At the conclusion of the usual beginning, the priest and deacon step up onto the ambon and venerate the icons of Christ and the Theotokos (Virgin Mary). For this purpose, there are often smaller "kissing icons" hung on doorposts of Holy Doors (on the picture above, they can be seen as two small gold squares to either side of the Holy Doors). If there are no "kissing icons" they will venerate the major icons of Christ and the Theotokos on the Iconostasis. As they venerate the icon of Christ, the deacon says the following troparion:

We venerate Thy most pure icon, O Pure One, asking the forgiveness of our transgressions, O Christ God. For of Thine own will Thou was well-pleased to ascend the Cross, that Thou mightest deliver from bondage to the enemy them whom Thou didst fashion. Wherefore, we cry to The thankfully: Thou didst fill all things with joy, O our Saviour, when Thou camest to save the world.[2]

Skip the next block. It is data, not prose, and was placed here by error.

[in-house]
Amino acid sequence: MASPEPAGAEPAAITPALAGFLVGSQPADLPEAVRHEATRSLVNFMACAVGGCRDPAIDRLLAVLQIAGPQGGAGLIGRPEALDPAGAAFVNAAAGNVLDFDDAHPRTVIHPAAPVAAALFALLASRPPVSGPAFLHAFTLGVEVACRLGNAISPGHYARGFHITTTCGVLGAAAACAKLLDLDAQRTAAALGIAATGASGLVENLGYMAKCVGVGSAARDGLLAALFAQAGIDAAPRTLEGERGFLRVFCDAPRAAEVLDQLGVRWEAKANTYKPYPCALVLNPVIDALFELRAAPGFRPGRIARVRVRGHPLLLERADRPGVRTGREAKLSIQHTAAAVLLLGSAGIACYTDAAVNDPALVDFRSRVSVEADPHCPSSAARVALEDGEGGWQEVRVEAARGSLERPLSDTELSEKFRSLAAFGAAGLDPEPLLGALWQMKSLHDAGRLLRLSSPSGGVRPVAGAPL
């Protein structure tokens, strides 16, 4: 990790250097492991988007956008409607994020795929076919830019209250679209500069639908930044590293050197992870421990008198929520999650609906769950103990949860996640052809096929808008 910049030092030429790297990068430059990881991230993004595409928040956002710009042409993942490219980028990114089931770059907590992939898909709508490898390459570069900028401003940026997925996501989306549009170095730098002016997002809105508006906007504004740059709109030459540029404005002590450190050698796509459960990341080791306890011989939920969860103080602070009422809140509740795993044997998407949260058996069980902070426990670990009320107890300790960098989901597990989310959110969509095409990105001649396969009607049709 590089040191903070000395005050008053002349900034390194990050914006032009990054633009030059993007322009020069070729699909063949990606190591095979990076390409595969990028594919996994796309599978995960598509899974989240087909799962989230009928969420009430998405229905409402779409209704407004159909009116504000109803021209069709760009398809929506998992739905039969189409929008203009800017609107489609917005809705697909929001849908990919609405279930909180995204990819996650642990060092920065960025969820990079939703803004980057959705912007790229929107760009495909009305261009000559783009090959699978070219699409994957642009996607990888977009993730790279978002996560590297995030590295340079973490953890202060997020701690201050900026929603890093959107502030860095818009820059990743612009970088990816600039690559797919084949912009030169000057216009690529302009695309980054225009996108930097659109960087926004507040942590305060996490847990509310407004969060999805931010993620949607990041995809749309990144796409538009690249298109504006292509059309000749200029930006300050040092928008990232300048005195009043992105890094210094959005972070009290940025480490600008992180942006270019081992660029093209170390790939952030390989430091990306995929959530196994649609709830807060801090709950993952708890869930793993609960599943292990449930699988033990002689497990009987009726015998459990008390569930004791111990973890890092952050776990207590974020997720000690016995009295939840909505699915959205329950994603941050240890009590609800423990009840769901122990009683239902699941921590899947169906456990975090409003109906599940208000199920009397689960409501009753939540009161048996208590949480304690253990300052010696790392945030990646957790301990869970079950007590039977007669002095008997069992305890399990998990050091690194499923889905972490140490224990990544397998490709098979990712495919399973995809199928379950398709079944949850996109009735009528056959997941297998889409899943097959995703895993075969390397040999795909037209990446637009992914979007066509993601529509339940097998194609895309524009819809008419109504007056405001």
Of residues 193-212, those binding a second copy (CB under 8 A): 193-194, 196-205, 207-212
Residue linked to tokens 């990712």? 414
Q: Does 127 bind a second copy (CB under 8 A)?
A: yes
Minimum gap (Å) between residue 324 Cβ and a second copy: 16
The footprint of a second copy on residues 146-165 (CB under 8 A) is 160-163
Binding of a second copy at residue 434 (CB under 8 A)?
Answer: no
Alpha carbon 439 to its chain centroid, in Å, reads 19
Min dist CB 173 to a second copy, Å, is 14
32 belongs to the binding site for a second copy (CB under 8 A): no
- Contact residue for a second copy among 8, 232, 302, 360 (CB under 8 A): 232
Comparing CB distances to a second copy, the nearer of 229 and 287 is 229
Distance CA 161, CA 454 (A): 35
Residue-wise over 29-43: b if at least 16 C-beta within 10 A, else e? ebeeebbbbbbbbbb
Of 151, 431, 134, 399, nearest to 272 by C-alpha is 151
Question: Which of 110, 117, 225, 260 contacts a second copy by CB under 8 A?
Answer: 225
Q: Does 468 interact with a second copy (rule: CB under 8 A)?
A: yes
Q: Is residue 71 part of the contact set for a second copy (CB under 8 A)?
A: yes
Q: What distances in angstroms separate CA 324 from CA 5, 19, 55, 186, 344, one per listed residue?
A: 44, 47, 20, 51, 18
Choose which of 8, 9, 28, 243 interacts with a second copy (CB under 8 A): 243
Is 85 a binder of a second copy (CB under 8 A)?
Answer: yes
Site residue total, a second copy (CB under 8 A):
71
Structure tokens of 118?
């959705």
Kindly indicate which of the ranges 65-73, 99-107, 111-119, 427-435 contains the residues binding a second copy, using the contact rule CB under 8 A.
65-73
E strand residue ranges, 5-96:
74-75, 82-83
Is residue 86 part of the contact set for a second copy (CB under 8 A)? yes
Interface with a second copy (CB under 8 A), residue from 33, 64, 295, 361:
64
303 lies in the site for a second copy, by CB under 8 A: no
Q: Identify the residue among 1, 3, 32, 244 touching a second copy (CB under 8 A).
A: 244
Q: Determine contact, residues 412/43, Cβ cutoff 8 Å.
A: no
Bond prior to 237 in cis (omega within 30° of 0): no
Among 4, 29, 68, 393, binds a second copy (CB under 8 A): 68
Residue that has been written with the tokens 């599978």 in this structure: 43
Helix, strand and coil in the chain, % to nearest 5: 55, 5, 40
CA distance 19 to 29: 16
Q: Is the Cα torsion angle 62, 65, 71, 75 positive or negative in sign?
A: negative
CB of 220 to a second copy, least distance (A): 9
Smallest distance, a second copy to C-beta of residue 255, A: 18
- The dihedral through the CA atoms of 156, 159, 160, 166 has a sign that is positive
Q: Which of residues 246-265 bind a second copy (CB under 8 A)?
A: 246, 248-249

As they venerate the icon of the Theotokos, the deacon says:

O Theotokos, in that thou art a well-spring of loving-kindness, vouchsafe unto us thy compassion. Look upon the people who have sinned. Manifest thy power as ever; for trusting in thee we cry aloud unto thee: Hail! as afforetime did Gabriel, Chief Captain of the Bodiless Powers.

The priest then removes his klobuk or kamilavka, bows his head, and gesturing with his right hand towards the Holy Doors, he says:

Stretch forth Thy hand, O Lord, from thy holy dwelling-place on high, and strengthen me for this, Thine appointed service; that standing uncondemned before Thy dread Throne, I may fulfill the sacred, bloodless sacrifice.

They then make three metanias in front of the Holy Doors, bow to each other, and then to either side of the nave and enter the altar (sanctuary) by the two side doors ("Deacon's Doors") of the iconostasis.